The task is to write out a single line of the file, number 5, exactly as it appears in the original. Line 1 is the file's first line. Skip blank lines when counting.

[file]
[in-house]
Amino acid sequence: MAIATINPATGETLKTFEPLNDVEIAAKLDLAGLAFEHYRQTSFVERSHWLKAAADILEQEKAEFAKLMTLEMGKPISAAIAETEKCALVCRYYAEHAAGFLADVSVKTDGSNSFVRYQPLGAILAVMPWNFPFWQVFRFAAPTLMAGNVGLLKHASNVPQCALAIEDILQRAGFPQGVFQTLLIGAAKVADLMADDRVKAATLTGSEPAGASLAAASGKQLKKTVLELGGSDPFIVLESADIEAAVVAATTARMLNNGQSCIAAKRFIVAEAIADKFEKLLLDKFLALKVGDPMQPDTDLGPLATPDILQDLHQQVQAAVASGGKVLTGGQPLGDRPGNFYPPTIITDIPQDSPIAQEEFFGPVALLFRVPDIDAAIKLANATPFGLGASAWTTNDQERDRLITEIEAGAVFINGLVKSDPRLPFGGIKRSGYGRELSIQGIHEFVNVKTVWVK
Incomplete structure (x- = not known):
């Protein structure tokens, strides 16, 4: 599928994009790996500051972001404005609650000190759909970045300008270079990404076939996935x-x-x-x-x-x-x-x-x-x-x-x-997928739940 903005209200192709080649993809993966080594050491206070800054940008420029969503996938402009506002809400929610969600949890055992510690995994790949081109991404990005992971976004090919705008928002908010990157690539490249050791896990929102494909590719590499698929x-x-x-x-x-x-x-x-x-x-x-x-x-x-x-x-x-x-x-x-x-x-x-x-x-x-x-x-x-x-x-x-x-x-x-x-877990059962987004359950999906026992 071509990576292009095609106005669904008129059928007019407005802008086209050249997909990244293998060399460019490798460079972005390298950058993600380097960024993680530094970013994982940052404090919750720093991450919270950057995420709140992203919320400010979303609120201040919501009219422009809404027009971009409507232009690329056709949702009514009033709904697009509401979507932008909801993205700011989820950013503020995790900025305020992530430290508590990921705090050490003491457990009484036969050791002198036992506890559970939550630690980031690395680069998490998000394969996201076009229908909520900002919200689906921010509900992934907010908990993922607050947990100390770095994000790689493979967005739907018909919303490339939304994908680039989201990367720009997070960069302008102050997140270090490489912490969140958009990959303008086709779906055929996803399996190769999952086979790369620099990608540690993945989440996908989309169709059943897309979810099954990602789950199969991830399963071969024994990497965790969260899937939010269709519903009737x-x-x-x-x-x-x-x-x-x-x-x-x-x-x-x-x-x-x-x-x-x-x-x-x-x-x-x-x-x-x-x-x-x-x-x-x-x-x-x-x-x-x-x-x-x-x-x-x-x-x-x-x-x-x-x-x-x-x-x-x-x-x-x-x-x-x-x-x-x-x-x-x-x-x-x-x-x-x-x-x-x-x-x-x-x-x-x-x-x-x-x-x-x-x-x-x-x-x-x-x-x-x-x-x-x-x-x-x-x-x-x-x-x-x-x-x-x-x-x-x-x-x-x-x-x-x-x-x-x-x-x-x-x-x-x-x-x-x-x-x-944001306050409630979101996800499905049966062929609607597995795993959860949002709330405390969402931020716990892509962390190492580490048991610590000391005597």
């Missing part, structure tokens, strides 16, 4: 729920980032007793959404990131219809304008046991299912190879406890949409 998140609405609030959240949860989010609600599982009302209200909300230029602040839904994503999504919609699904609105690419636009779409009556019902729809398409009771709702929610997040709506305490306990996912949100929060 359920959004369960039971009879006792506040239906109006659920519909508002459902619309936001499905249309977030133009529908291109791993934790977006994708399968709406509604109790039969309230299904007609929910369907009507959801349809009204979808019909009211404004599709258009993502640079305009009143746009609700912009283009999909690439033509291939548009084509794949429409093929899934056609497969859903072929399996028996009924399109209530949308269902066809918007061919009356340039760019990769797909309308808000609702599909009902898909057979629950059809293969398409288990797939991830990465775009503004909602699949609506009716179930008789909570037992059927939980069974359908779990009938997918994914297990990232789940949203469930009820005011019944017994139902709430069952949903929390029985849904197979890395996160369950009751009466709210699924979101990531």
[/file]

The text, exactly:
């Missing part, structure tokens, strides 16, 4: 729920980032007793959404990131219809304008046991299912190879406890949409 998140609405609030959240949860989010609600599982009302209200909300230029602040839904994503999504919609699904609105690419636009779409009556019902729809398409009771709702929610997040709506305490306990996912949100929060 359920959004369960039971009879006792506040239906109006659920519909508002459902619309936001499905249309977030133009529908291109791993934790977006994708399968709406509604109790039969309230299904007609929910369907009507959801349809009204979808019909009211404004599709258009993502640079305009009143746009609700912009283009999909690439033509291939548009084509794949429409093929899934056609497969859903072929399996028996009924399109209530949308269902066809918007061919009356340039760019990769797909309308808000609702599909009902898909057979629950059809293969398409288990797939991830990465775009503004909602699949609506009716179930008789909570037992059927939980069974359908779990009938997918994914297990990232789940949203469930009820005011019944017994139902709430069952949903929390029985849904197979890395996160369950009751009466709210699924979101990531």